The Food and Drug Administration has played down rising concern over the presence of benzene in soft drinks.

In a letter to the Environmental Working Group last week, the FDA has reiterated that it does not consider the presence of benzene at low parts per billion (ppb) an imminent health hazard. The letter appeared on the FDA Website on Tuesday (28 March).

In November last year, the FDA said, private laboratory results indicated low levels of benzene in a small number of soft drinks that contain benzoate preservatives and ascorbic acid, more commonly known as vitamin C. The FDA followed this up with research of its own into these products. "Based on currently available results from this limited survey," the FDA said in the letter, "the vast majority of beverages sampled … contain either no detectable benzene or levels below the 5 ppb limit for drinking water, and do not suggest a safety concern."

"FDA is continuing to sample beverages to gain more representative data on the current situation," the letter continues. "We intend to release our results when we have a more complete understanding of the current marketplace. Although the results to date are preliminary, they do not suggest a safety concern.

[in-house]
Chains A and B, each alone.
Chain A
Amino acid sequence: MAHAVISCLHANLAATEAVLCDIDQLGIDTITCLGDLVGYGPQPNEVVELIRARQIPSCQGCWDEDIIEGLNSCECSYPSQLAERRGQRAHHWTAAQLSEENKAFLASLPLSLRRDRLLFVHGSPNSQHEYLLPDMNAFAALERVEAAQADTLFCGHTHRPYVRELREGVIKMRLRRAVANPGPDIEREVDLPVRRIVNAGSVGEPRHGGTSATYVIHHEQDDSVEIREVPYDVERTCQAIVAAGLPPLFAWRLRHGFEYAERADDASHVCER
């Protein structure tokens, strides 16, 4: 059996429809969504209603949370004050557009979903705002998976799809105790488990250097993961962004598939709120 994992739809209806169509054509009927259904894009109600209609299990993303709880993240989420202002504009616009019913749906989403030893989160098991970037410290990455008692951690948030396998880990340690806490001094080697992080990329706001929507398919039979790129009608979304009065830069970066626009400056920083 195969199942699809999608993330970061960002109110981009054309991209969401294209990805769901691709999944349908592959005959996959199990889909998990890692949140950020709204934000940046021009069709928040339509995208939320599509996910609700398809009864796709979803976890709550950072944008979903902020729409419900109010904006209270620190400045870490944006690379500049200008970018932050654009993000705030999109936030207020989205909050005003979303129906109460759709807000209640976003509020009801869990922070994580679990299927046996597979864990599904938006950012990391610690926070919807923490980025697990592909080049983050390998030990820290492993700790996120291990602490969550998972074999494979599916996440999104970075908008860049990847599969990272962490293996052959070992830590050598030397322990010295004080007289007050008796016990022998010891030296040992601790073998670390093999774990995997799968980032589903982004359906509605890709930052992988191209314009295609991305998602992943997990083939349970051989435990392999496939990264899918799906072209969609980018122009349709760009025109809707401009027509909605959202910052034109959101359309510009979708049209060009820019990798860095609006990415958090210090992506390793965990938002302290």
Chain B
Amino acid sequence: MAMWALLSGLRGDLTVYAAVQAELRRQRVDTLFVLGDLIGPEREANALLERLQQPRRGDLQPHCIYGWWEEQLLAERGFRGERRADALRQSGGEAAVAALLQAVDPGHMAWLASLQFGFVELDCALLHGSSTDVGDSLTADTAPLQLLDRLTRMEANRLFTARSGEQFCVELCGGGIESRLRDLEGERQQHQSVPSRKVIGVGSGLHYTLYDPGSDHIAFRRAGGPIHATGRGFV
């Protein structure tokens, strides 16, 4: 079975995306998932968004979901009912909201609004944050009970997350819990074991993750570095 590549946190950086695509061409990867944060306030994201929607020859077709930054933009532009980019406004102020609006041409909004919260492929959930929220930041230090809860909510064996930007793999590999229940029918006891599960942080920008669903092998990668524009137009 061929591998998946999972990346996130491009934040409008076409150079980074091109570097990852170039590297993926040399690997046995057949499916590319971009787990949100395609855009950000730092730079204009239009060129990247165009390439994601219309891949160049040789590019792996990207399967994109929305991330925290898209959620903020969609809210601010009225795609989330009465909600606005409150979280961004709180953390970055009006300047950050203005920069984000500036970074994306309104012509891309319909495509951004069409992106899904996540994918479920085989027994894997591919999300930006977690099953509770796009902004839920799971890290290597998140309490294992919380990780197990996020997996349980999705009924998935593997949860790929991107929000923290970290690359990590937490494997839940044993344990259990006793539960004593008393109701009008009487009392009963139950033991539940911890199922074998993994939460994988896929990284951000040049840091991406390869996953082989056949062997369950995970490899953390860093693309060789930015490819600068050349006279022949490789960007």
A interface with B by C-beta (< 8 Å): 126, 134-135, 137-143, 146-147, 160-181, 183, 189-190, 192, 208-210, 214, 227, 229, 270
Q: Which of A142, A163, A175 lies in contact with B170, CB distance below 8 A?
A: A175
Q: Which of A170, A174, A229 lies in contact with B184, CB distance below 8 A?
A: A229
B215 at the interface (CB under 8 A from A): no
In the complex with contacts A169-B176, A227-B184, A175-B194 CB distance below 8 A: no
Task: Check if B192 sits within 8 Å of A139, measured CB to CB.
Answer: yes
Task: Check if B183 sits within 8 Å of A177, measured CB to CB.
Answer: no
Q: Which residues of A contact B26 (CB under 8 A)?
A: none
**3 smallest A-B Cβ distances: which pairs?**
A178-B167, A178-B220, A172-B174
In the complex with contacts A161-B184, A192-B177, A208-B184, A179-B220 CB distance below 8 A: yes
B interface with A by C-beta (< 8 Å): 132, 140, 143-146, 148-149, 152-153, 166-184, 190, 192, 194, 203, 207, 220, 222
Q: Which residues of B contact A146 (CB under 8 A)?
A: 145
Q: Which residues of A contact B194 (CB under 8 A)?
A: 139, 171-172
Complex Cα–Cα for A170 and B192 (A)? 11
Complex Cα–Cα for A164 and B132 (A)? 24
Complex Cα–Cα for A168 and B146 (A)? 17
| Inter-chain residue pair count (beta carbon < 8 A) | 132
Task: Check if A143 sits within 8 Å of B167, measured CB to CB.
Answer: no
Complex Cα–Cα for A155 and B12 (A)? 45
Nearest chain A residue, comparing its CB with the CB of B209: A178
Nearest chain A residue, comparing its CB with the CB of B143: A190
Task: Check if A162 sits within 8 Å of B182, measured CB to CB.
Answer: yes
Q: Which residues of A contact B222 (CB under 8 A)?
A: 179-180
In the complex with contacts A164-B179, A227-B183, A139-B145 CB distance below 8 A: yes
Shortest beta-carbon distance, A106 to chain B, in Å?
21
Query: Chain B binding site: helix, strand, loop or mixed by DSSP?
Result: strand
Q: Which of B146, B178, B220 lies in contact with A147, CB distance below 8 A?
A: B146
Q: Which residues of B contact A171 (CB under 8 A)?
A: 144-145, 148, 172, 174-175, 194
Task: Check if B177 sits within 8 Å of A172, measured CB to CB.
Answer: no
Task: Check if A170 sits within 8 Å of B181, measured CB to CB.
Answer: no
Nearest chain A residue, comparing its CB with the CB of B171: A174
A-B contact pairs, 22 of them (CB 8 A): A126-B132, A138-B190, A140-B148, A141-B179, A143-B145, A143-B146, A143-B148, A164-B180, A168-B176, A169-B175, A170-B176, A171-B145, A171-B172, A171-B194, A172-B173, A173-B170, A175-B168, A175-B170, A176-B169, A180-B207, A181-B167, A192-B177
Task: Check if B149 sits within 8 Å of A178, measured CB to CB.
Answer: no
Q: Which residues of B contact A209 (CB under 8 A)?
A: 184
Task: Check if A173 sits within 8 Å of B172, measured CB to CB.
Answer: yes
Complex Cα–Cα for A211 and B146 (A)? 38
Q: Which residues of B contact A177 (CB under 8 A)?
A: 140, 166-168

"Additionally, the agency has been in contact with manufacturers and industry trade associations. They have informed FDA that they are actively assessing whether their products contain benzene and will take appropriate steps to minimise benzene formation in their products, if elevated levels are found."

The Environmental Working Group wrote to the FDA in February, asking the FDA to issue a warning to the public about the risk of benzene in soft drinks. The organisation also called on the FDA to release the results of its tests for the presence of benzene in soft drinks.